Music: McCoy Tyner

Dec 1, 2008 12:00 PM, By Blair Jackson



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Photo: John Abbott

Photo: John Abbott

Over the course of a career spanning five decades, jazz piano giant McCoy Tyner has played with scores of great musicians on literally hundreds of albums, both as leader and bandmember. Of course, he'll forever be most associated with John Coltrane's famous early '60s quartet, but through the years this fearless and utterly distinctive stylist has been remarkably adaptable, whether with Eric Dolphy, Milt Jackson, Wayne Shorter, Pharoah Sanders or even swing violinist Stephane Grappelli. On scant few occasions, he has plied his craft with electric guitarists — Grant Green being the most notable — but it's safe to say he's never made an album quite like his recent Half Note Records release, Guitars.


"Mr. PC"

For these quartet recordings, Tyner was joined by the formidable rhythm section of bassist Ron Carter and drummer Jack DeJohnette — legends themselves — and a handful of highly creative axemen: John Scofield, Marc Ribot, Derek Trucks (of the current Allman Bros.; a young phenom), Bill Frisell and banjo sensation Béla Fleck. The result is a fresh and exciting collection of tunes that range from freeform improvisations (with Ribot), to Coltrane classics (“Mr. P.C.” with Scofield, “My Favorite Things” with Fleck), to originals by Tyner and the various soloists, and unusual choices like the folk anthem “500 Miles” (Ribot) and a beautiful take on “Greensleeves” (Trucks).

The album was produced by John Snyder — whose decades-long CV is peppered with dozens of notable albums by top jazz, blues and even jam-band artists — and engineered and mixed by Randy Funke, who captured the quartets in two day-long sessions at New York's Clinton Studios in September 2006. Snyder says, “The record company wanted to get McCoy together with the commercial players — Larry Carlton, George Benson, people like that — but I wanted to get what I'd call the ‘left-wing’ guys. I wanted to get really adventuresome players with McCoy.”

Funke — a Connecticut-based guitarist, engineer, computer wiz and video editor — has worked on projects with Snyder for the past five-plus years, including a series of Master Class DVDs with the likes of Cecil Taylor, Phil Woods, Toots Thielemans, Clark Terry and others, available through, the Website of the educational Artists House Foundation founded and run by Snyder. The Tyner Guitars sessions were also shot for a remarkably illuminating DVD (packaged with the CD), which allows the viewer to choose which player(s) to watch at any given moment. As Snyder notes, “If you want to go to school with Ron Carter, you can do it,” or you can watch a pre-edited version or all four at once through iso split-screen.

During the sessions, Snyder was in the room with the musicians, even manning the camera trained on Tyner. “I like to be in the room when I produce,” he says. “On the other side of the glass you've always got hangers-on and people talking, and you can't entirely tell what's going on. You certainly can't pick up on the subtleties of the communication among the musicians.”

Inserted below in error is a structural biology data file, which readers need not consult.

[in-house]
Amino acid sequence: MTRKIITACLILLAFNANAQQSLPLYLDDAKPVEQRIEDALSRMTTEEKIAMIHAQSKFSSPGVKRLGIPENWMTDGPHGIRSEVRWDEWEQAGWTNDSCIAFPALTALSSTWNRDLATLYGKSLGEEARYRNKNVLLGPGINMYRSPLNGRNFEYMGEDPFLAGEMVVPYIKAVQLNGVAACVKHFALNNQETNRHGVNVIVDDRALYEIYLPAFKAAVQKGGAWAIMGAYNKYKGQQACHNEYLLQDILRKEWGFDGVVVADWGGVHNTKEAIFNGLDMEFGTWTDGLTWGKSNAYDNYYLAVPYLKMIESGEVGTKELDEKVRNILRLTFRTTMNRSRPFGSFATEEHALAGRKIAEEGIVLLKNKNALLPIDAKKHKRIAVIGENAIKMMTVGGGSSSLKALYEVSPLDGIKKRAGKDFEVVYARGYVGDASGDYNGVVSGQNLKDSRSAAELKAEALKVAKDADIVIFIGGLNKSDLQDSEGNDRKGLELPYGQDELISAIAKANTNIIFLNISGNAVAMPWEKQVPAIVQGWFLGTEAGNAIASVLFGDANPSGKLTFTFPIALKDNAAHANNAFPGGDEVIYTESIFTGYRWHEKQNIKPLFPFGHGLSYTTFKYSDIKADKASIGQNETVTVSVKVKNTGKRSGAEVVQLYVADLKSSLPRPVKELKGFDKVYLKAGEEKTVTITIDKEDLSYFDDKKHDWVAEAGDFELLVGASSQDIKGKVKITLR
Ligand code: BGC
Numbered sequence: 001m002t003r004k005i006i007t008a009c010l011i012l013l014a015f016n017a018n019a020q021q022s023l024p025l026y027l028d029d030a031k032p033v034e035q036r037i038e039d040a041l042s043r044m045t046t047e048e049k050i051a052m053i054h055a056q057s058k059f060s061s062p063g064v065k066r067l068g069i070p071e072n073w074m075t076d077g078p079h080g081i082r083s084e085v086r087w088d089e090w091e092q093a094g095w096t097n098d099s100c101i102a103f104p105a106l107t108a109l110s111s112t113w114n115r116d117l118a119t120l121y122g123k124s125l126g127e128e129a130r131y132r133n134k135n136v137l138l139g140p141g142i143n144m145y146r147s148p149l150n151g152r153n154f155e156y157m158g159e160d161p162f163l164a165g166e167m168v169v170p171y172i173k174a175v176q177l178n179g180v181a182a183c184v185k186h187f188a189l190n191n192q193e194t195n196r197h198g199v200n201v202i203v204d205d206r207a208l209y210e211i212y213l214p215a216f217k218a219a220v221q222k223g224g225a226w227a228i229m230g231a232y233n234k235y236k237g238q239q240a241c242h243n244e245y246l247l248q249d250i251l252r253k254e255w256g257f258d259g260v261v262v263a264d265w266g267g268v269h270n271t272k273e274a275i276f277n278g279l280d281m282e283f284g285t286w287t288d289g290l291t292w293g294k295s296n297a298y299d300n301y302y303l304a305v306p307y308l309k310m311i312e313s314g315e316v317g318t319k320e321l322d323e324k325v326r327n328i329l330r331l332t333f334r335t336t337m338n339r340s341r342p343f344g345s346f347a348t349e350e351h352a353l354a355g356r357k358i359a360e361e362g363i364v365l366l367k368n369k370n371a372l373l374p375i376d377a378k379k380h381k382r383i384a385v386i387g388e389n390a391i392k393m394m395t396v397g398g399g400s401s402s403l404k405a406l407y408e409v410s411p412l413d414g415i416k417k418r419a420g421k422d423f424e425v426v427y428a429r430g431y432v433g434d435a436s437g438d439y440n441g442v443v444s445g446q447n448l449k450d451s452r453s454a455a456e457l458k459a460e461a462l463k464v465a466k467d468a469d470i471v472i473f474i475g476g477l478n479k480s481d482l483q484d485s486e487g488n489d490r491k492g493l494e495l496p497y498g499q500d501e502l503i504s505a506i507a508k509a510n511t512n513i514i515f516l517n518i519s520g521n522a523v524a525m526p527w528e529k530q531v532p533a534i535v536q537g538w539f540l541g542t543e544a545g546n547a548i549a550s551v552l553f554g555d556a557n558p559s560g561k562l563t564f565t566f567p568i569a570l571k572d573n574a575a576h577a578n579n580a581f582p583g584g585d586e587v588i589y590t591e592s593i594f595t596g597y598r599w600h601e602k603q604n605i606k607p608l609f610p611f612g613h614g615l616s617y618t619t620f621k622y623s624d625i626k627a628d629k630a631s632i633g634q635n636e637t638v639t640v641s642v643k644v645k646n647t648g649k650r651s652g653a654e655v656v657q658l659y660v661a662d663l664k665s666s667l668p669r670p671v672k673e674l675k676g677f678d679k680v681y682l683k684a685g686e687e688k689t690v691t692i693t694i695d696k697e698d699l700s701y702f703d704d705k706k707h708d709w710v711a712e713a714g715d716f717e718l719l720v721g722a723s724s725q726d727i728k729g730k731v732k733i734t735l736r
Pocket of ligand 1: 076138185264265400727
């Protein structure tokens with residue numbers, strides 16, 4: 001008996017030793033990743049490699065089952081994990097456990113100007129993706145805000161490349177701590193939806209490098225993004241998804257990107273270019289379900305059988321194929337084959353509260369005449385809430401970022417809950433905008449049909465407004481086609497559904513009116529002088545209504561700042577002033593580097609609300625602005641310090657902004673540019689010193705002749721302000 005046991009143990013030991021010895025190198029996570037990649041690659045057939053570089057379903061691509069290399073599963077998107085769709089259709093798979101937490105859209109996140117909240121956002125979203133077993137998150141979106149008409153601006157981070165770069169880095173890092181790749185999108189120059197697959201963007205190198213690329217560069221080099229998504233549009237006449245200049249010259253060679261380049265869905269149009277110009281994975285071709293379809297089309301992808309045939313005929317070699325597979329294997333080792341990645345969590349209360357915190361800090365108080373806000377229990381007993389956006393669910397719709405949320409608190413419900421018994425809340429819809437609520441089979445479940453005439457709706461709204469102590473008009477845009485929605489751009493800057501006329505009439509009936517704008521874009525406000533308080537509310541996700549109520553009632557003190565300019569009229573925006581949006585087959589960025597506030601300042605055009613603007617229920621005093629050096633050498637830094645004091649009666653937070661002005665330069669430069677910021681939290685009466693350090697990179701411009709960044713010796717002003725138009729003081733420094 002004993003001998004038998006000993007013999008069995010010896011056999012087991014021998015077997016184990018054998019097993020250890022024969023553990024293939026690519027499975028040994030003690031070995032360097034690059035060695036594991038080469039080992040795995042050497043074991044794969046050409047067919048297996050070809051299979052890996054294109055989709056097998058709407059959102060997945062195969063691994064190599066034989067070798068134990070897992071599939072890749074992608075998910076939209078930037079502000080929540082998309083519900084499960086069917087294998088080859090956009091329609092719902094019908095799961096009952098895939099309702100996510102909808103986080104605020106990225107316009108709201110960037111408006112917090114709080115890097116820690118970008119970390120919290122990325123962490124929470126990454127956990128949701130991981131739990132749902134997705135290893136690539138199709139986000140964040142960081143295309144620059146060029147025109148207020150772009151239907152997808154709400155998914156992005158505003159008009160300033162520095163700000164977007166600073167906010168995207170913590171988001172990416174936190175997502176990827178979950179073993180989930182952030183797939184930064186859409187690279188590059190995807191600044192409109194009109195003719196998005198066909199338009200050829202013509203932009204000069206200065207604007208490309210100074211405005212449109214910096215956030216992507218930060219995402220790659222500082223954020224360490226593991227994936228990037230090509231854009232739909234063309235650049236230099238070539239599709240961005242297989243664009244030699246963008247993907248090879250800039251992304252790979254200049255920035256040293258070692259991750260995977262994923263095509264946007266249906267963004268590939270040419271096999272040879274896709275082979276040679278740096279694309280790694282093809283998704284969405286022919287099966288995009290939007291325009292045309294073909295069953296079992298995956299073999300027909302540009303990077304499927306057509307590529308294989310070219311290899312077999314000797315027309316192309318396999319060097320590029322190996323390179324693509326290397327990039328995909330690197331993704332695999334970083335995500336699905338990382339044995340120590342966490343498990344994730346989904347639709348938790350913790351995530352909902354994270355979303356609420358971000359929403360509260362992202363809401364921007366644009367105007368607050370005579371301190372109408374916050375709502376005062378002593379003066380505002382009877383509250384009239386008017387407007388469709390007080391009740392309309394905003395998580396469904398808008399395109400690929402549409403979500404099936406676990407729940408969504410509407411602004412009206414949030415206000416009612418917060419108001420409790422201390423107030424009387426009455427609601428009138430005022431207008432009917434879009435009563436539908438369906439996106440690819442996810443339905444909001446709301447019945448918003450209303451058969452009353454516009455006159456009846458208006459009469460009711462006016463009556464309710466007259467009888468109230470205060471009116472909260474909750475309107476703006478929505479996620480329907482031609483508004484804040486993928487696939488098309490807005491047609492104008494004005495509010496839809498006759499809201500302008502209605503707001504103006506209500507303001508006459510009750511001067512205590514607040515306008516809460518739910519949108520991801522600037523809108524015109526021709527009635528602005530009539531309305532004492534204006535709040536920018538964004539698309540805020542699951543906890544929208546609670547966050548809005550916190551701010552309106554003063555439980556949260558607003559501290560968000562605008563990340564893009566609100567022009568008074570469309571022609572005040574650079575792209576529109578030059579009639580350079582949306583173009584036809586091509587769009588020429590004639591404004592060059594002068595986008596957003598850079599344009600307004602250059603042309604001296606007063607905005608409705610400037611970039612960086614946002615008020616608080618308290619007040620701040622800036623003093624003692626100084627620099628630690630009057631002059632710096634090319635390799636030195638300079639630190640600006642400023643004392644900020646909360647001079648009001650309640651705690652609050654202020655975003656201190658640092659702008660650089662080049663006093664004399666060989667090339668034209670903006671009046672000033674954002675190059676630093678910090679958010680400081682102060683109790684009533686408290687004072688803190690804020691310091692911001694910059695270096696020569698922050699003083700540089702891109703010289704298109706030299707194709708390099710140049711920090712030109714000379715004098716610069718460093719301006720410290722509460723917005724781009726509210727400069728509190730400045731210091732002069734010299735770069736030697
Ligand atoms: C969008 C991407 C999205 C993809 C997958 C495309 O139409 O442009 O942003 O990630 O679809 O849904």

The sessions were tracked live to Pro Tools through Clinton's 8000 Series Neve and “as many inboard mic pre's as possible,” Funke says. “I didn't really EQ or compress anything at that stage.” Miking was fairly simple. On the piano he used three Neumann U87s: “I like to have the spread of left and right; the middle one I like to use as a mono to give it a larger-than-life sound.” Carter's standup bass was a combo of a DI and a Neumann M150 six or seven inches away. Funke says that drummer DeJohnette is “like the undulating undercurrent of the world. It seems like he's playing every drum every second!” To capture his kit he used an Audix D6 on the kick, a Shure 57 on the snare, Shure SM81 on hi-hat, Sennheiser 421s on toms and two U87s as close overheads. “Some songs have more overhead than others,” he notes. “Frankly, I tend to gravitate toward a dry, in-your-face, non-roomy sound a lot of the time. But this had a lot of natural room sound in there.” For the guitarists, Funke used two mics, side by side, a couple inches from each's amp (or two, in Frisell's case) — a 57 and an AKG 414. Fleck's banjo was miked with an 87 and a 414.

Funke mixed the album “in the box” at his home studio, Zone Media, sending mixes back to Snyder, who was in New Orleans, listening on his beloved Tetra speakers. On most songs there was a minimal number of edits; then there were Fleck's tracks: “Béla likes to overdub very, very small passages of notes,” Funke says. “He did 46 takes of an eight-bar phrase, and then he wanted to get a copy of the hard drive so he could edit his takes and get the things he wanted on his own. So he chopped stuff up at his studio and put the notes in he wanted. He did so many edits. Scofield overdubbed a solo but we didn't end up using it. And Mark Ribot overdubbed a few little things. But most of it is really the way it went down in the studio.”

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